But to Tom, in his sorest need, arose a new and most unexpected coadjutor; and this was the way in which it came to pass.

For it befell in that pleasant summer time, “when small birds sing and shaughs are green,” that Thurnall started, one bright Sunday eve, to see a sick child at an upland farm, some few miles from the town. And partly because he liked the walk, and partly because he could no other, having neither horse nor gig, he went on foot; and whistled as he went like any throstle-cock, along the pleasant vale, by flowery banks and ferny walls, by oak and ash and thorn, while Alva flashed and swirled, between green boughs below, clear coffee-brown from last night’s rain. Some miles up the turnpike road he went, and then away to the right, through the ash-woods of Trebooze, up by the rill which drips from pool to pool over the ledges of grey slate, deep-bedded in dark sedge, and broad bright burdock leaves, and tall angelica, and ell-broad rings and tufts of king, and crown, and lady-fern, and all the semi-tropic luxuriance of the fat western soil, and steaming western woods; out into the boggy moor at the glen head, all fragrant with the gold-tipped gale, where the turf is enamelled with the hectic marsh violet, and the pink pimpernel, and the pale yellow leaf-stars of the butterwort, and the blue bells and green threads of the ivy-leaved campanula; out upon the steep smooth down above, and away over the broad cattle-pastures; and then to pause a moment, and look far and wide over land and sea.

It was a “day of God.” The earth lay like one great emerald, ringed and roofed with sapphire; blue sea, blue mountain, blue sky overhead. There she lay, not sleeping, but basking in her quiet Sabbath joy, as though her two great sisters, of the sea and air, had washed her weary limbs with holy tears, and purged away the stains of last week’s sin and toil, and cooled her hot worn forehead with their pure incense-breath, and folded her within their azure robes, and brooded over her with smiles of pitying love, till she smiled back in answer, and took heart and hope for next week’s weary work.

Heart and hope for next week’s work.–That was the sermon which it preached to Tom Thurnall, as he stood there alone, a stranger and a wanderer, like Ulysses of old; but, like him, self-helpful, cheerful, fate-defiant. In one respect indeed, he knew less than Ulysses, and was more of a heathen than he; for he knew not what Ulysses knew, that a heavenly guide was with him in his wanderings; still less what Ulysses knew not, that what he called the malicious sport of fortune was, in truth, the earnest education of a father; but who will blame him for getting strength and comfort from such merely natural founts, or say that the impulse came from below, and not from above, which made him say–

“Brave old world she is, after all, and right well made; and looks right well to-day, in her go-to-meeting clothes; and plenty of room and chance in her for a brave man to earn his bread, if he will but go right on about his business, as the birds and the flowers do, instead of peaking and pining over what people think of him, like that miserable Briggs. Hark to that jolly old missel-thrush below! he’s had his nest to build, and his supper to earn, and his young ones to feed, and all the crows and kites in the wood to drive away, the sturdy John Bull that he is; and yet he can find time to sing as merrily as an abbot, morning and evening, since he sang the new year in last January. And why should not I?”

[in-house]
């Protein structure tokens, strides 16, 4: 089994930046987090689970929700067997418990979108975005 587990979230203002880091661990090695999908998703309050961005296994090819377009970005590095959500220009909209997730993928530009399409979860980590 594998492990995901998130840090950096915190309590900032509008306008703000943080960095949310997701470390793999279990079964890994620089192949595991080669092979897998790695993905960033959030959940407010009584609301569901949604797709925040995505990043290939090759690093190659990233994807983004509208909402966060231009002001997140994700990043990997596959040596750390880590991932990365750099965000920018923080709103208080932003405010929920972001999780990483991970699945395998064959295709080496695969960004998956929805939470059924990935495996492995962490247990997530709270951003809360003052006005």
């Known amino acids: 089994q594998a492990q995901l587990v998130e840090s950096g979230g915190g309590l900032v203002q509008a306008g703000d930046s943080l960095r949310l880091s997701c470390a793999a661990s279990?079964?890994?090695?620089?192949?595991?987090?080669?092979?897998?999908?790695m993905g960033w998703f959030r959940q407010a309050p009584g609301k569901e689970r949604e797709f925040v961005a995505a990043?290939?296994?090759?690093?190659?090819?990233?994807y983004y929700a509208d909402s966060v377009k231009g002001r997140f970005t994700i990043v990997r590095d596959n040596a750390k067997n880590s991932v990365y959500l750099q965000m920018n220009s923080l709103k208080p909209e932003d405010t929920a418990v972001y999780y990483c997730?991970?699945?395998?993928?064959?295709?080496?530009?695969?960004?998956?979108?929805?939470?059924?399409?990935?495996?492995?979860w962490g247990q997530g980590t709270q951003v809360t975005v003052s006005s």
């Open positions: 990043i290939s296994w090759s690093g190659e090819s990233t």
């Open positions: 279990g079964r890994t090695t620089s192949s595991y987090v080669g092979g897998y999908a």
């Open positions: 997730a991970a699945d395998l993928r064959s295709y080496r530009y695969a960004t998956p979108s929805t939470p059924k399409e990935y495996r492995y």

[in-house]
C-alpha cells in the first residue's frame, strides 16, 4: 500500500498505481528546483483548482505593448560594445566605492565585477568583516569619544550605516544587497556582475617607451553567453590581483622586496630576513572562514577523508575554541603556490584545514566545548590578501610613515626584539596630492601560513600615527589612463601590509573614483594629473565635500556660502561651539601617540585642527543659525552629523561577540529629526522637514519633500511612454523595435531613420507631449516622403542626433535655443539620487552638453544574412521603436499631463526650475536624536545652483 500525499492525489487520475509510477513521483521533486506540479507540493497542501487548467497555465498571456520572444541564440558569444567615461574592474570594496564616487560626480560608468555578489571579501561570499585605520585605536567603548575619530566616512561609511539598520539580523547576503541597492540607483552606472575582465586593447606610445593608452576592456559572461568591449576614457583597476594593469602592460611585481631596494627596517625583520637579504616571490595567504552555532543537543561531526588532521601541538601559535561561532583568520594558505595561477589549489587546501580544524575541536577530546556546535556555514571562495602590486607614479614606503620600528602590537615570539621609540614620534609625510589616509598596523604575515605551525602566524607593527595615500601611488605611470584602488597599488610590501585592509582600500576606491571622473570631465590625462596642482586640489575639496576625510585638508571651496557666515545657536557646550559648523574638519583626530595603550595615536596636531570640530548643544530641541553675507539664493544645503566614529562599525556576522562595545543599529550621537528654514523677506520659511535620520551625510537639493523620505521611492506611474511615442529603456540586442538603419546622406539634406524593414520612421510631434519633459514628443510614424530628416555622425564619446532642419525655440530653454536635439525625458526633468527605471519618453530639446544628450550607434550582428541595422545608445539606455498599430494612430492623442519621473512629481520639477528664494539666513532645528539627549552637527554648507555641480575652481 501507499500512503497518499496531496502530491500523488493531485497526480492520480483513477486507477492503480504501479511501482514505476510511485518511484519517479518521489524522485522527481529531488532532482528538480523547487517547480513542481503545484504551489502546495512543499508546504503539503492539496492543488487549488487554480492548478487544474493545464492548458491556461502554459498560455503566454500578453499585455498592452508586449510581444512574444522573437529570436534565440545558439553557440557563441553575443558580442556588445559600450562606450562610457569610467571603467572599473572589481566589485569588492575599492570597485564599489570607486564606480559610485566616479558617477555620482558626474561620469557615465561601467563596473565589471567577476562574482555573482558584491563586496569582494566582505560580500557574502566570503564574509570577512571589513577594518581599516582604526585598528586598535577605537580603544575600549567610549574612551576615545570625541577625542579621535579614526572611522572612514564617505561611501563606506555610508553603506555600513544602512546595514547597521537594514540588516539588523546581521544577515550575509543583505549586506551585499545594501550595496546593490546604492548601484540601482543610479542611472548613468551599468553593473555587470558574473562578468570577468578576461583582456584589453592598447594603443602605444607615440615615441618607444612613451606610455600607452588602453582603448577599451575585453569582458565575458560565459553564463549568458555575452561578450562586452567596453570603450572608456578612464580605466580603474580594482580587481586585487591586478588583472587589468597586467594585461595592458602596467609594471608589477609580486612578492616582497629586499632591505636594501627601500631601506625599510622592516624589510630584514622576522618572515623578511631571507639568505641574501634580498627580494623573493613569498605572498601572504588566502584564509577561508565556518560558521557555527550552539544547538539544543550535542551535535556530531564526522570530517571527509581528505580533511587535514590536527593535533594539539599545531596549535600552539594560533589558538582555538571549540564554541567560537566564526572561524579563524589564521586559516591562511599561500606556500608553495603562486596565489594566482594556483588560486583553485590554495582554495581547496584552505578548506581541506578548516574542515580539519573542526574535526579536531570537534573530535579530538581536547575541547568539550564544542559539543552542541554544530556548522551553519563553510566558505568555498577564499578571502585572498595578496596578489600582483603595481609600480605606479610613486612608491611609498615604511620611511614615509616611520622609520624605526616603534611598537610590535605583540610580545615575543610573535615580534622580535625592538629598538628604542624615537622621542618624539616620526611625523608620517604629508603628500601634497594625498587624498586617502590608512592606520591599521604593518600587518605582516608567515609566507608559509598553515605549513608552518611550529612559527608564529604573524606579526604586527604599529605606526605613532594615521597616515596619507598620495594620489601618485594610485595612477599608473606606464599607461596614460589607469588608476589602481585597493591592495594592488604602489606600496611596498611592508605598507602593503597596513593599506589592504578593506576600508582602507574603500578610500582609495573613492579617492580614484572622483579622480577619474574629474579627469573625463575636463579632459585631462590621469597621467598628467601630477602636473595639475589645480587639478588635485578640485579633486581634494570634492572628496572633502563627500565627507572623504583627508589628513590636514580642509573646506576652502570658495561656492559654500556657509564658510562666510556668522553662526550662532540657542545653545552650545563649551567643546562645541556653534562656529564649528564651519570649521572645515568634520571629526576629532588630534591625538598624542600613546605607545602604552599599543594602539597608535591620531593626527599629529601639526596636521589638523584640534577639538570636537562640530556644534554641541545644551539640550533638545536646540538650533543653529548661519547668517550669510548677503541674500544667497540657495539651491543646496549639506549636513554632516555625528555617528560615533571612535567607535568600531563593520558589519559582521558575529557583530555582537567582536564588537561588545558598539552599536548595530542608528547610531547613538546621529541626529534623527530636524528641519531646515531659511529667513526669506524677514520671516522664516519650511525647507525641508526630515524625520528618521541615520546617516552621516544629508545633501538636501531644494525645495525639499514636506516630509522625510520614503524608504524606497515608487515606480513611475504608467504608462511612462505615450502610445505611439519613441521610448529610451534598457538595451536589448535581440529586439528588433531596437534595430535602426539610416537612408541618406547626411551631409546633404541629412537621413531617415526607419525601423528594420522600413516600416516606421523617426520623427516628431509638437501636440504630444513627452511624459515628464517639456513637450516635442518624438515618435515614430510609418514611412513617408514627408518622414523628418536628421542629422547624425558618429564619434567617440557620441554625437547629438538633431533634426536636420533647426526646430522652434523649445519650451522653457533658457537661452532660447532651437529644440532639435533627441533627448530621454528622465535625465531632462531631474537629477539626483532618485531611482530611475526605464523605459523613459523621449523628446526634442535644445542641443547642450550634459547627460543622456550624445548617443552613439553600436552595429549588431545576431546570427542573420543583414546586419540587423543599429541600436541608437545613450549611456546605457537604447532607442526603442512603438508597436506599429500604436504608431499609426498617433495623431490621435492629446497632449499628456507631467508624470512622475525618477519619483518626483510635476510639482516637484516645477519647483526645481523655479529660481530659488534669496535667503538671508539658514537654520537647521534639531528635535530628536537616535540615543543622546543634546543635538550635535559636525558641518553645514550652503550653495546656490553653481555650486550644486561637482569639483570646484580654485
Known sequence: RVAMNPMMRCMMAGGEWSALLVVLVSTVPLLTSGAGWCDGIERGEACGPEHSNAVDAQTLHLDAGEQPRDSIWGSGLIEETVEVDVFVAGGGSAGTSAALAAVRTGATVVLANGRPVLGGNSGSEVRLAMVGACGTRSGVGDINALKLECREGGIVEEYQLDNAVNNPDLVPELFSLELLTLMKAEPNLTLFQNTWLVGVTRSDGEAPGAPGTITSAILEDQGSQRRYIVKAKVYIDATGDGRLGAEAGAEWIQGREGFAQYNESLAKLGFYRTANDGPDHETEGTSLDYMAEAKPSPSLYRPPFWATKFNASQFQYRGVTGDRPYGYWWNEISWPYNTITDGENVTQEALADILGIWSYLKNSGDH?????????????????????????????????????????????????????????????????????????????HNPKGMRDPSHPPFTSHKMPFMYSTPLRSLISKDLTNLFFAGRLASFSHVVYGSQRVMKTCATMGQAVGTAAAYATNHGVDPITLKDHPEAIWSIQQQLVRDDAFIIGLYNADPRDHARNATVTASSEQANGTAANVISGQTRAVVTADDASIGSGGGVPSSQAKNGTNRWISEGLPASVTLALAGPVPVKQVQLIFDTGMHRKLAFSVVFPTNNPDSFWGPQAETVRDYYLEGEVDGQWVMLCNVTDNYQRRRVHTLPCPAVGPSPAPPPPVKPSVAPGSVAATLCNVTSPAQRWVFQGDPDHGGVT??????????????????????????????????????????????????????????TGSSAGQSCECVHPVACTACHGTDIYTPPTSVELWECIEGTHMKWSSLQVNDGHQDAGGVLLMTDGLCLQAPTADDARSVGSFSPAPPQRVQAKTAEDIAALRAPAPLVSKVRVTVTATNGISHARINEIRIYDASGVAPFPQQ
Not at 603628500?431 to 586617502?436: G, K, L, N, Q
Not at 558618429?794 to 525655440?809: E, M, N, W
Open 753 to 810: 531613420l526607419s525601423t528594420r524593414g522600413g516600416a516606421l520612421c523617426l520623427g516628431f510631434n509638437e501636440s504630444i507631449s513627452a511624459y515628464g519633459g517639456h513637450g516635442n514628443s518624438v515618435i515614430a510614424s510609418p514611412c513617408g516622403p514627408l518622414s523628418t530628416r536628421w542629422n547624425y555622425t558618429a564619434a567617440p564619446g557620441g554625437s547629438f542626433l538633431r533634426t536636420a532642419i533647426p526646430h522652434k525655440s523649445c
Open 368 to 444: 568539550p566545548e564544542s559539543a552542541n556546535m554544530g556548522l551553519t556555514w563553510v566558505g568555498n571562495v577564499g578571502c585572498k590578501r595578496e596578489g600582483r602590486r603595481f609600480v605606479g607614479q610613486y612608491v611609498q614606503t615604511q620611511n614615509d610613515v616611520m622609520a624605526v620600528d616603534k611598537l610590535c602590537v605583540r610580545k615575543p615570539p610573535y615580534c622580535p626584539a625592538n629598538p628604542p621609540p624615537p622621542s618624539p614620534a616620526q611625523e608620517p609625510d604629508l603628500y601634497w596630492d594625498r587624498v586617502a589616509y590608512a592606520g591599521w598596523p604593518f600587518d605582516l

Let him be a while; there are sounds of deeper meaning in the air, if his heart had ears to hear them; far off church-bells chiming to even-song; hymn-tunes floating up the glen from the little chapel in the vale. He may learn what they, too, mean some day. Honour to him, at least, that he has learnt what the missel-thrush below can tell him. If he accept cheerfully and manfully the things which he does see, he will be all the more able to enter hereafter into the deeper mystery of things unseen. The road toward true faith and reverence for God’s kingdom of heaven does not lie through Manichaean contempt and slander of God’s kingdom of earth.

So let him stride over the down, enjoying the mere fact of life, and health, and strength, and whistling shrilly to the bird below, who trumpets out a few grand ringing notes, and repeats them again and again, in saucy self-satisfaction; and then stops to listen for the answer to this challenge; and then rattles on again with a fresh passage, more saucily than ever, in a tone which seems to ask,–“You could sing that, eh? but can you sing this, my fine fellow on the down above?” So he seems to Tom to say; and, tickled with the fancy, Tom laughs, and whistles, and laughs, and has just time to compose his features as he steps up to the farm-yard gate.

Let him be, I say again. He might have better Sunday thoughts; perhaps he will have some day. At least he is a man, and a brave one; and as the greater contains the less, surely before a man can be a good man, he must be a brave one first, much more a man at all. Cowards, old Odin held, inevitably went to the very bottom of Hela-pool, and by no possibility, unless of course they became brave at last, could rise out of that everlasting bog, but sank whining lower and lower, like mired cattle, to all eternity in the unfathomable peat-slime. And if the twenty-first chapter of the Book of Revelation, and the eighth verse, is to be taken as it stands, their doom has not altered since Odin’s time, unless to become still worse.